Movie Review: Green Zone
Green Zone is the third collaboration between director Paul Greengrass and actor Matt Damon. Previously, the two brought us The Bourne Supremacy and The Bourne Ultimatum. If you are hoping for another adrenaline laced conspiracy drama, this movie will meet you half way. There is conspiracy in excess, but the adrenaline-not so much.
The first half hour does a great job of depicting how unstable conditions in Baghdad were early on in the Iraq war. Greengrass ratchets up the tension and dread much like Kathryn Bigelow did in The Hurt Locker, by merely giving us a glimpse into everyday life after the initial destabilization of Iraq. Soldiers wear heavy uniforms in blistering conditions, and crowded city streets could easily be harboring suicide bombers or other dangers. Everyone is constantly and understandably on edge.
Unfortunately, during the second half of the movie much of the action takes place at night. Greengrass elected to film these scenes with his signature hand-cam, and these scenes are grainy, jarring and indecipherable. I don’t mind watching documentary style film, and fortunately I don’t get sick from shaky cam (heed my warning, if you have any tendency to get nauseous during this type of camera work, this movie will do you in), but it is really annoying when you cannot see anything that is going on. I found my mind wandering to my mental list of chores during some really crucial chase scenes, because I just kind of gave up on trying to figure out what is going on.
It is also an odd contrast whenever the film transitions from night to day, because you go from completely blurry to crisp and clear. It’s really distracting.
Greengrass also chose to inject heavy handed politics without bringing anything new or original to the table. Guess what? George Bush lied. George Bush and his administration misled the American people into war. There were no weapons of mass destruction. The Bush administration relied on faulty Intel. You get the point.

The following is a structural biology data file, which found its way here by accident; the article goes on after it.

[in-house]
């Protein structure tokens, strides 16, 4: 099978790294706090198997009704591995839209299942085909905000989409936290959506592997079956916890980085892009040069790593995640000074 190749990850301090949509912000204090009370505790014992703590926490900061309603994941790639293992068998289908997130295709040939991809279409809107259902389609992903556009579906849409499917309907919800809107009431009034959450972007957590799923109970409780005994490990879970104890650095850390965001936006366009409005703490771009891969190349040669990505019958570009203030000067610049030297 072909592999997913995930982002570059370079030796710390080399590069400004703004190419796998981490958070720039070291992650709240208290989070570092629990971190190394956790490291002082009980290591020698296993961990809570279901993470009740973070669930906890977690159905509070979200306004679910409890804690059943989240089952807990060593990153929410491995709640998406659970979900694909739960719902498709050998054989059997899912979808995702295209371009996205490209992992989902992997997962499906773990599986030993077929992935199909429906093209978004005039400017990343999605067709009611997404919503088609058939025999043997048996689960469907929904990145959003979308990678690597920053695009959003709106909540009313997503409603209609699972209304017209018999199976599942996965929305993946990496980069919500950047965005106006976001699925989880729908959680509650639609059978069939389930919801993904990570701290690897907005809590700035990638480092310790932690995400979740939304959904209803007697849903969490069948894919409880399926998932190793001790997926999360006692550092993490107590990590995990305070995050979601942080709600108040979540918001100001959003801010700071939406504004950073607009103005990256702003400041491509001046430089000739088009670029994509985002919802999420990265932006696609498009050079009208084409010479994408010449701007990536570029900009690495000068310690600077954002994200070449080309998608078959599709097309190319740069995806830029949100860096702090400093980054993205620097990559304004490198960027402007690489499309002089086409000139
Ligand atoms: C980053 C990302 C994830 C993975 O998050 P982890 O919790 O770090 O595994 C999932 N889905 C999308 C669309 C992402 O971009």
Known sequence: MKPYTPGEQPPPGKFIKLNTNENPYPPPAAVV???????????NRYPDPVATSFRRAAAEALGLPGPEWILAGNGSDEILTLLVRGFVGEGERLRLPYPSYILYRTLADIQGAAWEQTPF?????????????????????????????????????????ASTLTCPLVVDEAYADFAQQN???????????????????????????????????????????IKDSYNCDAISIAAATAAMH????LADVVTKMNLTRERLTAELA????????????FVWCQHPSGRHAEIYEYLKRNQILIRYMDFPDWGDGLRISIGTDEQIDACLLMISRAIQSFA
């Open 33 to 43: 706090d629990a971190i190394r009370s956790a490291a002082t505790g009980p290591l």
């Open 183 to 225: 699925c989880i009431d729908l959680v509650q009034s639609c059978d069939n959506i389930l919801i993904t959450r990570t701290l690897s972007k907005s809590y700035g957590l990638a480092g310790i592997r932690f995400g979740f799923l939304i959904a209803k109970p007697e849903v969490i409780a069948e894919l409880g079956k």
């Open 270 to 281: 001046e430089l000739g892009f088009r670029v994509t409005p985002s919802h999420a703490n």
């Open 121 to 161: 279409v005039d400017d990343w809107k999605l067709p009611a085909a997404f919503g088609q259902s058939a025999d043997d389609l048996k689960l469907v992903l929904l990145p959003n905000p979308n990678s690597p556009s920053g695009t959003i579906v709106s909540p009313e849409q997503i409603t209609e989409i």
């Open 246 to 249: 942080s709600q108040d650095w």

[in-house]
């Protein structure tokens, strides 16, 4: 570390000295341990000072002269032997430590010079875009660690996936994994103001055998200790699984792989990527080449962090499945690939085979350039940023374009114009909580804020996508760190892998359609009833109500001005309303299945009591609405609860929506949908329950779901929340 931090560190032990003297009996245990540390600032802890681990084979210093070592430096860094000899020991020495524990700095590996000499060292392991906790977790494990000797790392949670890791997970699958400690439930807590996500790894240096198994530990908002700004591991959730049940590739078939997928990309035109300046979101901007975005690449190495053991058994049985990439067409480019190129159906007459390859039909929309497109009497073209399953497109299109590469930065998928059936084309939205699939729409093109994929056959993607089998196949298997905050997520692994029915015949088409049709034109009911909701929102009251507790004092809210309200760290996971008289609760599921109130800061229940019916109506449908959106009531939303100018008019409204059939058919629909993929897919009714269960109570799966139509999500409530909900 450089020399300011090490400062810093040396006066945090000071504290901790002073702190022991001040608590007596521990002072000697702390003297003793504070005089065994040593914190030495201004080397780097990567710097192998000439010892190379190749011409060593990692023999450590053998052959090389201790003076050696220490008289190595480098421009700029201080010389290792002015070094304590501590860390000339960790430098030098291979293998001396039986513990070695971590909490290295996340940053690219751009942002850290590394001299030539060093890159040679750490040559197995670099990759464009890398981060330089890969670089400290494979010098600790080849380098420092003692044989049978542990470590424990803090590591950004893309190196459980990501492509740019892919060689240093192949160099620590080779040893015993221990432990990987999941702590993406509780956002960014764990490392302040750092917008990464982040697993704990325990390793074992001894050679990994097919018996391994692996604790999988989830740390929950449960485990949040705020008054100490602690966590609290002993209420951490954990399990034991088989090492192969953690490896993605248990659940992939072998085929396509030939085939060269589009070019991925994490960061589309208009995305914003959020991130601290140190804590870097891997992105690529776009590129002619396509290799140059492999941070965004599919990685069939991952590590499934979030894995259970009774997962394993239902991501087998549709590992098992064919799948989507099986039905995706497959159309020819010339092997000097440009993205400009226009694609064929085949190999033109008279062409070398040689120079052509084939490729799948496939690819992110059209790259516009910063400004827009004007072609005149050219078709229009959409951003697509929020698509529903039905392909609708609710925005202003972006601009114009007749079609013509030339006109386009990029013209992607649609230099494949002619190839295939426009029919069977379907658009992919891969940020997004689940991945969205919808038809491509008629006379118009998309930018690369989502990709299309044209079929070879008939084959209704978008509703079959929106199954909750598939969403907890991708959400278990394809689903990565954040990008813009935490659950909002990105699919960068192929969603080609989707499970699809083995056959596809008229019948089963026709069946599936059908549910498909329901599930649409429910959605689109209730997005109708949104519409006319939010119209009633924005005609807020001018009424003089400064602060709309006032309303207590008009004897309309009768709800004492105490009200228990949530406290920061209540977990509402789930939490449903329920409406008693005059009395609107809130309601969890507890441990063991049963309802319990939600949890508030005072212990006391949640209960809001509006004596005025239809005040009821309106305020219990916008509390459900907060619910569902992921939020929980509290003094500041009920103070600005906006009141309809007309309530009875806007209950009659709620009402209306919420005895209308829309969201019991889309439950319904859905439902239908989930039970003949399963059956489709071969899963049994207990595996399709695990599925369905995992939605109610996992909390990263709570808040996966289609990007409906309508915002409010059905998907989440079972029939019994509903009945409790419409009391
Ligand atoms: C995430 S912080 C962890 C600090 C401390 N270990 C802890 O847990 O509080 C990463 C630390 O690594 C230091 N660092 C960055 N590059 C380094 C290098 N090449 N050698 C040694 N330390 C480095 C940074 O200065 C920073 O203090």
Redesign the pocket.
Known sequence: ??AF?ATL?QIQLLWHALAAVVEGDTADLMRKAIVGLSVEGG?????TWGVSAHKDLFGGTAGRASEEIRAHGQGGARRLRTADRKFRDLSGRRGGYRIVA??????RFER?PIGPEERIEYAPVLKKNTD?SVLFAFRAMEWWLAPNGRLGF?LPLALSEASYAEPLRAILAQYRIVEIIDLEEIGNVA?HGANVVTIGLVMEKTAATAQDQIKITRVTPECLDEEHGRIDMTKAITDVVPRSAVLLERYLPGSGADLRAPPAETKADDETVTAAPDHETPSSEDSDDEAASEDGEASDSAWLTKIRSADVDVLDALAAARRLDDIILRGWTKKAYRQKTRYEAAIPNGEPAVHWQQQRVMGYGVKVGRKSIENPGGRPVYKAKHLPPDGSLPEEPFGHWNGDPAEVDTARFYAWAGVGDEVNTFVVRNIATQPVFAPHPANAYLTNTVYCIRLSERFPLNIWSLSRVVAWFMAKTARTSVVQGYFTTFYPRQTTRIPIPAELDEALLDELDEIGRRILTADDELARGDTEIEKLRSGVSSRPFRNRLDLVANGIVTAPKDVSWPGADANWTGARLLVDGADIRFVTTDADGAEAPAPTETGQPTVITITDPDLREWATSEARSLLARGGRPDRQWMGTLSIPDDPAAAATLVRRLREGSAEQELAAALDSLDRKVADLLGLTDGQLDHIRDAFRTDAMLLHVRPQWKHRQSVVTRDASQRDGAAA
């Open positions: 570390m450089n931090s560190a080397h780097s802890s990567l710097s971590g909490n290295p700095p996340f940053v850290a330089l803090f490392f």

All these familiar revelations are brought front and center by the story of how one soldier single -handedly exposed the truth behind the administration’s lies. Matt Damon plays Chief Warrant Officer Miller, who becomes suspicious of the intelligence behind the weapons of mass destruction after the first few raids are a bust.
While Miller’s concerns are legitimate, Greengrass ruins any thoughtful dissection of the issue by making all of Damon’s superiors evil, stubborn and unconscionable in their actions. There is a lone renegade CIA agent (played by Brendan Gleeson) who sort of helps Miller, but of course has ulterior motives. In fact almost everyone in the movie (save for saintly Miller) has their own agenda, which I found a lot more interesting than what Greengrass and screenwriter Brian Helgeland chose to concentrate on in this movie.
Greg Kinnear is cartoonishly wicked as a member of the defense department who leaks info to a journalist (Amy Ryan) for the Wall Street Journal, supposedly to spread misinformation to the American public. She stupidly takes everything she is spoon-fed at face value, and thus becomes an unwitting cog in the machine trying to justify an unjust war. The consequences of her ineptitude are never examined.
Khalid Abdallah adds a rare human touch as an Iraqi who tries to help Miller. He wants to help his country, and bluntly declares, “It is not for you to decide what happens here.”
I’ll give Green Zone a marginal recommendation because there are some interesting ideas in the movie. In particular, I wish Greengrass would have explored the whole concept of individual ego and hubris contributing to a botched post-invasion occupation. Why try to pound something down our throats that is already largely accepted as fact?
This is Matt Damon’s Syriana, it just isn’t quite as smart or interesting.